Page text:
In Saudi Arabia and Israel, Signals That Iran Has Retaliation in Works
By Bruce Riedel
The Iranians and their Hizbullah ally are sending warning signals about how they might fight a future war with the United States and Israel. The signals aren’t subtle—Tehran intends to retaliate for any attack on its nuclear facilities with blows against America’s allies in the region, hitting their most sensitive oil and nuclear facilities.
The U.S and Iran have been adversaries since 1979; we fought an undeclared naval war in the late 1980s. The American presidential election has seen both candidates threaten Iran with military action if it does not forsake development of a nuclear arsenal and halt its nuclear enrichment program. Iran has long threatened it will retaliate dramatically and decisively if it is attacked by the U.S., Israel or both. Now it is showing some of its plans for doing just that.
On Aug. 15, a cyberattack hit Saudi oil giant Aramco with devastating results. According to U.S. Secretary of Defense Leon Panetta, 30,000 computer workstations were rendered useless and had to be replaced. Aramco, which Forbes magazine ranks as the world’s largest oil company and is the key to Saudi Arabia’s production, had data on many of its hard drives erased and replaced with photos of a burning U.S. flag. Panetta did not directly accuse Iran of responsibility, but other U.S. officials have pointed right at Tehran. Panetta concluded that Iran has “undertaken a concerted effort to use cyberspace to its advantage.”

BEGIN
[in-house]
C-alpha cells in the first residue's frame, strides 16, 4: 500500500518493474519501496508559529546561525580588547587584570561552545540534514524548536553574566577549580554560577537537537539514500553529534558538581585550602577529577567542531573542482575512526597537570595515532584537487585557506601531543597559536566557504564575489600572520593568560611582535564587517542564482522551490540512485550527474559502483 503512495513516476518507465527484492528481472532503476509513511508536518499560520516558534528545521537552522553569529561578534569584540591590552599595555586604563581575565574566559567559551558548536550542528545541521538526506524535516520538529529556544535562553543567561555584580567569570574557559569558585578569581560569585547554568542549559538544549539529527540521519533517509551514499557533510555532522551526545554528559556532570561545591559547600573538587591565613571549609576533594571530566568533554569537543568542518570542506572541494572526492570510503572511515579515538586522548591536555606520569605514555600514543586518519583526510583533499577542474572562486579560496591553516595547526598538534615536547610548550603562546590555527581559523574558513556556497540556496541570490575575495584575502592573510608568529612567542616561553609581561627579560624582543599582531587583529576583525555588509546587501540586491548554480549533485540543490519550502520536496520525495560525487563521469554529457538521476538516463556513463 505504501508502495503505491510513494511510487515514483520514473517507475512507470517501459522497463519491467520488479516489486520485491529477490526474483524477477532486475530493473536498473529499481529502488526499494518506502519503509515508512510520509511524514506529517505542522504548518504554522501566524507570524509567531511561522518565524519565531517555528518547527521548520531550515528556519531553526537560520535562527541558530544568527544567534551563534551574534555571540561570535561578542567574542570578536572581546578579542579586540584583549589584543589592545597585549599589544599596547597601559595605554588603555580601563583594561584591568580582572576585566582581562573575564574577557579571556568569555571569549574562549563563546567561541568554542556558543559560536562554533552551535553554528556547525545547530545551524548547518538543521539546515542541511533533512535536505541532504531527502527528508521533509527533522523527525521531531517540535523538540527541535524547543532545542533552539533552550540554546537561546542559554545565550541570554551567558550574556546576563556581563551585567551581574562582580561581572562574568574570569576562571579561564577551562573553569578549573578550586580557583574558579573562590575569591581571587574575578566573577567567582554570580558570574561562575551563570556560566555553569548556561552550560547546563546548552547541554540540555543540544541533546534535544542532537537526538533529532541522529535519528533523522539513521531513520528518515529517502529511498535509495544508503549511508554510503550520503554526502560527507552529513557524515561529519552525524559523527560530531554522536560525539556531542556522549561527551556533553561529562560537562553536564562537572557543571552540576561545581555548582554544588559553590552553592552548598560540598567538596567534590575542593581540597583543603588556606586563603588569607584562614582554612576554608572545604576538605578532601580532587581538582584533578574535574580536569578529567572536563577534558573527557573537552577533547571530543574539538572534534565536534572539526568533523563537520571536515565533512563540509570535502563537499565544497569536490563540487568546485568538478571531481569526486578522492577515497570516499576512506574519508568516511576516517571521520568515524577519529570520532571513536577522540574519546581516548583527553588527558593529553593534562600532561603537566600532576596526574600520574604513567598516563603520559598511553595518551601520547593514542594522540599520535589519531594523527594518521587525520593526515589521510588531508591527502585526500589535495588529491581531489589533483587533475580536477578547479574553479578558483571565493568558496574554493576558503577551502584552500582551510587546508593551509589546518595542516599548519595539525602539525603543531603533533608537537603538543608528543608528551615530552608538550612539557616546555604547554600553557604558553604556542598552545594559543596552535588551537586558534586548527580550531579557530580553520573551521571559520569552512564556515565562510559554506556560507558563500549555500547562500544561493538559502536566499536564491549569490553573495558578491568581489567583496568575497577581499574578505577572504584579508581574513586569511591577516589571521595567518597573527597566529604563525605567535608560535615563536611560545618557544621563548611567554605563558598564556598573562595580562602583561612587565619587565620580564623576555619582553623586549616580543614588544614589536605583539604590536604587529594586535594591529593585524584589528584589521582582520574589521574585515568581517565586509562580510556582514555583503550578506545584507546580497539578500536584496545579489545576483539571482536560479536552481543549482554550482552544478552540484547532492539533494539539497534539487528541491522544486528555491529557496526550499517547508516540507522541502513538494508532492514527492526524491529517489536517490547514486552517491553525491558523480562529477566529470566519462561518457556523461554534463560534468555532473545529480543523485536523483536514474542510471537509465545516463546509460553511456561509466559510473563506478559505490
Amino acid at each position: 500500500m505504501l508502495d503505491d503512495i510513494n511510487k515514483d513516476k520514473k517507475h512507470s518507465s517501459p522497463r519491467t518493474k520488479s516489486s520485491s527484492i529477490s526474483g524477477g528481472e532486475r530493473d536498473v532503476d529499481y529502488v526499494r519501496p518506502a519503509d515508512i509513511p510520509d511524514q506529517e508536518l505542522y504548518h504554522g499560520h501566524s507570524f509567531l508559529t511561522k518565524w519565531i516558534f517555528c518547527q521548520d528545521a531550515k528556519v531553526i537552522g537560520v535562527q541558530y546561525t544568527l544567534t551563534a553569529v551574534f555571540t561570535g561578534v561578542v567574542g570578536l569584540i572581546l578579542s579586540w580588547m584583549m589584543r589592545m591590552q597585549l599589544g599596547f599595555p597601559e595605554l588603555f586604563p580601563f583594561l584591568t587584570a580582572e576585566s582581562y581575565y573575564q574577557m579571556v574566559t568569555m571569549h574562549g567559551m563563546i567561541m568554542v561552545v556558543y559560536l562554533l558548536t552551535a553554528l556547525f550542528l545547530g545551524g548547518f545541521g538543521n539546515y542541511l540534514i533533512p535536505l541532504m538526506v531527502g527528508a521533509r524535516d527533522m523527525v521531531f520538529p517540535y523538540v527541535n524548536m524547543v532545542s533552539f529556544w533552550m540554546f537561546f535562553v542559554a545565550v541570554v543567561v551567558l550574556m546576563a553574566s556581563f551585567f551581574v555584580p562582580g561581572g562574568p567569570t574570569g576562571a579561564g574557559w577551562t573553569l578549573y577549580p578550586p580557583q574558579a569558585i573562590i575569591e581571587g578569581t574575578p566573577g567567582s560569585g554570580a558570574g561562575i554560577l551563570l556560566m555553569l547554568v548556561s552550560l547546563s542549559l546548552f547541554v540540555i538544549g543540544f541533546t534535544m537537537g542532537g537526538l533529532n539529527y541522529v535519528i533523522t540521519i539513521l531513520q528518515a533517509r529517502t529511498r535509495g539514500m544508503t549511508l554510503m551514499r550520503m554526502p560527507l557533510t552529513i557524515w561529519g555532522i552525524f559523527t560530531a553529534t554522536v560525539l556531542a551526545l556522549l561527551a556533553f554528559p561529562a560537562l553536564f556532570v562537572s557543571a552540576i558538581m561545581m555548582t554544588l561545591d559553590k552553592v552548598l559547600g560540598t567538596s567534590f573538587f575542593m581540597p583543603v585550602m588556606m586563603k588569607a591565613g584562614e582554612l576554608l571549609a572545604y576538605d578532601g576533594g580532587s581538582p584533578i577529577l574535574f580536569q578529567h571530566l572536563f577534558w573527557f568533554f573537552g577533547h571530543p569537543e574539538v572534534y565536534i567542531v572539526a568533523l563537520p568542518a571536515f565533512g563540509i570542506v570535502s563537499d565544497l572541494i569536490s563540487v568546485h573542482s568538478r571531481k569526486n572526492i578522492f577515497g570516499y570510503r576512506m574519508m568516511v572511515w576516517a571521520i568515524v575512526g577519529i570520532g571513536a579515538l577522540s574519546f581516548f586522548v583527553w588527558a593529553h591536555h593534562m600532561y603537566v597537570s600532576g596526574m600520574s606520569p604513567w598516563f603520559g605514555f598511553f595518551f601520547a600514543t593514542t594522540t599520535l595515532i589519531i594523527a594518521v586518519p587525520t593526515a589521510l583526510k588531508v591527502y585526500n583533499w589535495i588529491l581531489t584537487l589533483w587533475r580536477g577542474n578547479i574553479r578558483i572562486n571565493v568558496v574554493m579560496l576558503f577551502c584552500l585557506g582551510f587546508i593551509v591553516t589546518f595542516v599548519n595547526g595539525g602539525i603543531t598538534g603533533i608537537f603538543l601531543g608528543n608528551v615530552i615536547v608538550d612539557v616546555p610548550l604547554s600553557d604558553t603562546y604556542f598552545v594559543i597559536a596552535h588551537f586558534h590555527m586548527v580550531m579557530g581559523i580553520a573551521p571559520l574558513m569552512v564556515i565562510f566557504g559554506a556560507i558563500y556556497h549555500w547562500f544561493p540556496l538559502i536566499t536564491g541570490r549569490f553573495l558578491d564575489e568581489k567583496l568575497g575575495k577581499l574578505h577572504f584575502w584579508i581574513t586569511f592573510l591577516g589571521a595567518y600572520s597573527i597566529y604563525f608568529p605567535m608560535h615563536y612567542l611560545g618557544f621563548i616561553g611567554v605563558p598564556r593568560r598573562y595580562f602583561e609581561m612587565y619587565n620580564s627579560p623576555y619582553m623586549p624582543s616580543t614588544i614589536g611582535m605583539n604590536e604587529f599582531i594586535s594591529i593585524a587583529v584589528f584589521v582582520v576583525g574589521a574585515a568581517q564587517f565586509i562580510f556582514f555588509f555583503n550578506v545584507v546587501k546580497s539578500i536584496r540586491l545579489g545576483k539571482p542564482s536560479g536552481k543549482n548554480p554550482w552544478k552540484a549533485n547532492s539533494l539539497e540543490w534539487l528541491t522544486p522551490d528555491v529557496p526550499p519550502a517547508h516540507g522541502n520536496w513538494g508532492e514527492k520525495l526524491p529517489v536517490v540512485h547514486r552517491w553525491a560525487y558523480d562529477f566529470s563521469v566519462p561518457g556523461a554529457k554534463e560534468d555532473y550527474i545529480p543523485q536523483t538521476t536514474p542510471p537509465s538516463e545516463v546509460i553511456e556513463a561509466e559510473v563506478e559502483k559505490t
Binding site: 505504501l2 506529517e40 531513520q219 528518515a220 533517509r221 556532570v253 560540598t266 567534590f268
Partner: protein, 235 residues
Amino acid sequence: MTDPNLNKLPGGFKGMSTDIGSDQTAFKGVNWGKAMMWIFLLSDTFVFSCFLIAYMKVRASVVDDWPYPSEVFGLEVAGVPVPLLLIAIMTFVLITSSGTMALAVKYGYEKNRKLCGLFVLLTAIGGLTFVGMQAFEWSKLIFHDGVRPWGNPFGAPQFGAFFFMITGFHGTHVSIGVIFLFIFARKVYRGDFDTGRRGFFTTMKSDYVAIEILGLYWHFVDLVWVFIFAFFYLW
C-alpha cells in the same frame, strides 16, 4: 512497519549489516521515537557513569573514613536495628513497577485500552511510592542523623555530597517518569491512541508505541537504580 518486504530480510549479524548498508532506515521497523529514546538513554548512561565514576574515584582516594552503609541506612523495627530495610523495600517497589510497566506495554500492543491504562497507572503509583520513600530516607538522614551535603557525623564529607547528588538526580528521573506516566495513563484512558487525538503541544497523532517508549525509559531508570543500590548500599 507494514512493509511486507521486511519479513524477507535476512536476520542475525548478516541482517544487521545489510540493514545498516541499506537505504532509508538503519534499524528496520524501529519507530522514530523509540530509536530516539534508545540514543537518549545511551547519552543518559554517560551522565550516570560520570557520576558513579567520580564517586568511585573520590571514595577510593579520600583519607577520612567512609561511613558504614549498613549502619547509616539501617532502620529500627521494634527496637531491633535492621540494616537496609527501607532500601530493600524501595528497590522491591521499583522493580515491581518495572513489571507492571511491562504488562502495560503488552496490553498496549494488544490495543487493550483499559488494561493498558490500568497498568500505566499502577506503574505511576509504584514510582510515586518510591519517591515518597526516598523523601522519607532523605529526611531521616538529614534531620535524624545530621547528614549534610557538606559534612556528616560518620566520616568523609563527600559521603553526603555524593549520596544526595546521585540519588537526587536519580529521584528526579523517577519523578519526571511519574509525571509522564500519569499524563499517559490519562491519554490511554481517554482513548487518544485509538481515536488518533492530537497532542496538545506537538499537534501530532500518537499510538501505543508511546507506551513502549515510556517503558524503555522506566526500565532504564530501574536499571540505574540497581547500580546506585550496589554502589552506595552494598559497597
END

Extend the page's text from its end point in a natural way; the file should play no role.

A few days later in Qatar, a similar virus attacked the RasGas natural-gas company, a joint venture between Exxon Mobil and the state-owned Qatar Petroleum, which operates the world’s largest natural-gas field. According to Panetta, the two attacks were “probably the most destructive attack the private sector has seen to date.” Neither attack directly targeted the sensitive Aramco and RasGas computer systems that operate the oil industry itself—the attacks were more aimed at its management systems.
The timing was significant. The attack was launched on the eve of the Islamic holy “night of power,” or Lailat al Qadr, which commemorates when the Quran was first revealed to the Prophet Muhammad by the angel Gabriel. Shia Muslims believe it also coincides with the date on which Ali, Muhammad’s cousin and son-in-law, was fatally wounded by a poison-coated sword in Iraq. The Saudi and Qatari governments would understand the message clearly; Iran can attack your economy. In effect: we don’t need to shut the Strait of Hormuz, we will shut down your computer instead.